Possibly the most crucial collaboration comes from Angelella’s fiancee, singer-songwriter Chanele McGuinness, whose influence is woven throughout Silver Dreams, from vocal contributions on “Duckpin” and “Bitter Drain,” to a constant behind-the-scenes role as a creative gut-check and source of encouragement; on one of the album’s most striking tracks, “Sligo Underwater,” Angelella pens an elegy to her home of Donegal, Ireland. Listen below and read on to explore Silver Dreams Don’t Move Me.

“Empire of The Afternoon”

This is one of the last songs I wrote for the album. At the time, I was reading Samuel Delany’s book On Writing, more as a fan of his style and ideas than any desire to write long-form fiction. In the book he talks about the benefits and problems of living in small town communities versus a city and the idea of utopia and dystopia in writing. He called a utopian future city an “empire of the afternoon” and it just stuck with me. I was entering a pretty strong period of personal confidence and excitement about writing songs, and kept imagining entering a new state of mind as entering a strange new city.

When I got this song back from Joe Reinhart (Hop Along/Algernon Cadwallader guitarist who mixed the LP) there was a new, horrifying sound that closed out the track and all I could think was “this sounds like descending into a nightmare version of Philadelphia.” Sometimes you need a friend to make a song perfect.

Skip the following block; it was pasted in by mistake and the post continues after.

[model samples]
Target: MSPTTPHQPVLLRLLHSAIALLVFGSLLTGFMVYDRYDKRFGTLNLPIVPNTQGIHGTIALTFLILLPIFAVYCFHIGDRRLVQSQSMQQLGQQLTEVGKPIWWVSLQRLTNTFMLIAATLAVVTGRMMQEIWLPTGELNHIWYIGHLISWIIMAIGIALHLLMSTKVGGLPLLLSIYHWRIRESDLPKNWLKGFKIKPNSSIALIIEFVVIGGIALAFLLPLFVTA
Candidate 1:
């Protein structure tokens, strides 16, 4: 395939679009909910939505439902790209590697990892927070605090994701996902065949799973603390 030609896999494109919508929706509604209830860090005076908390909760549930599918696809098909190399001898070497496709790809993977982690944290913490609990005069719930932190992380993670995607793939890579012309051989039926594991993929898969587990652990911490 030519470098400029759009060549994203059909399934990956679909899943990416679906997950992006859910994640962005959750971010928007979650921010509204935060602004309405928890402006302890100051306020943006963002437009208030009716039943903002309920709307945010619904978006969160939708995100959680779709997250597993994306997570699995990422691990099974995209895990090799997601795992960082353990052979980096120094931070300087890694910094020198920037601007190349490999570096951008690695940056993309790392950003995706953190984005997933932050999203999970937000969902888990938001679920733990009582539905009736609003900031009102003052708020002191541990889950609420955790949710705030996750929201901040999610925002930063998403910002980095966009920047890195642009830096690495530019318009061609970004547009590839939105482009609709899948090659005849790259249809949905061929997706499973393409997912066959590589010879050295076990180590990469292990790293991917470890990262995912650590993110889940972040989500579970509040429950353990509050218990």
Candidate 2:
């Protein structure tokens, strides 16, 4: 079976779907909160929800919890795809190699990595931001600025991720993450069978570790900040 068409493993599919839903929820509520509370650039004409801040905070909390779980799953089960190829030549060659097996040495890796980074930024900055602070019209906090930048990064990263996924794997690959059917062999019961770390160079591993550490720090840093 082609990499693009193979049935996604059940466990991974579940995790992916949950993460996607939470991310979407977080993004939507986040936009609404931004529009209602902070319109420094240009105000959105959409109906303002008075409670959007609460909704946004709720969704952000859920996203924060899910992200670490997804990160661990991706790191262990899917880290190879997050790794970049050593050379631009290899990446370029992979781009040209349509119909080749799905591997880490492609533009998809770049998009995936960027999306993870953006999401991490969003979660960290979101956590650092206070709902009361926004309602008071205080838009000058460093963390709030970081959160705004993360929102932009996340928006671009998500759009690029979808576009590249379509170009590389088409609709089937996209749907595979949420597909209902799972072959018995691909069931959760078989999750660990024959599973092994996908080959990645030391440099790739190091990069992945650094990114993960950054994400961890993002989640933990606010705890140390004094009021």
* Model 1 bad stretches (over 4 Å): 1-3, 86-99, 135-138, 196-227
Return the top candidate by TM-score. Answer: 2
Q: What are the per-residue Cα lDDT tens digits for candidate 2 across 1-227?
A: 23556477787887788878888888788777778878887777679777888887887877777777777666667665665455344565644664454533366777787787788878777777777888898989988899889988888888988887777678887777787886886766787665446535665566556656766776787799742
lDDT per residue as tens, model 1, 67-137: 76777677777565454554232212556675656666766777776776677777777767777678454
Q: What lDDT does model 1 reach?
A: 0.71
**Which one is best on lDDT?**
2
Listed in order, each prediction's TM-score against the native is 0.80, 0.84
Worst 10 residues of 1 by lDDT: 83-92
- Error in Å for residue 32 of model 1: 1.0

“Supporting Role”

Initially, I sat down to write “Supporting Role” imagining a winking Randy Newman/Josh Tillman style tune about a failed songwriter resigning themselves to a life of playing in other people’s bands. Within ten minutes the song had taken on a totally different form. It became incredibly personal.

“Supporting Role” is about looking back on a decade of making music, warts and all. It’s about everything one tries to do while chasing fame, whether that is making sacrifices in your personal/professional life or going into deep credit card debt. It’s also about how no amount of personal success will fix you, at least not until you fix yourself. All of these things flared up while looking back on all of the different pathways I’d gone down through what my dear friend Ricardo [Lagomasino, longtime bandmate from DRGN King to Lucy Dacus’ band] calls “the tumultuous decade of your twenties,” a young person desperately trying to make a career out of a dream. When this song was done, it scared me a little bit, like I had never accessed that emotional side of myself before, and I didn’t want to record it. I’m appreciative of buddies who convinced me otherwise.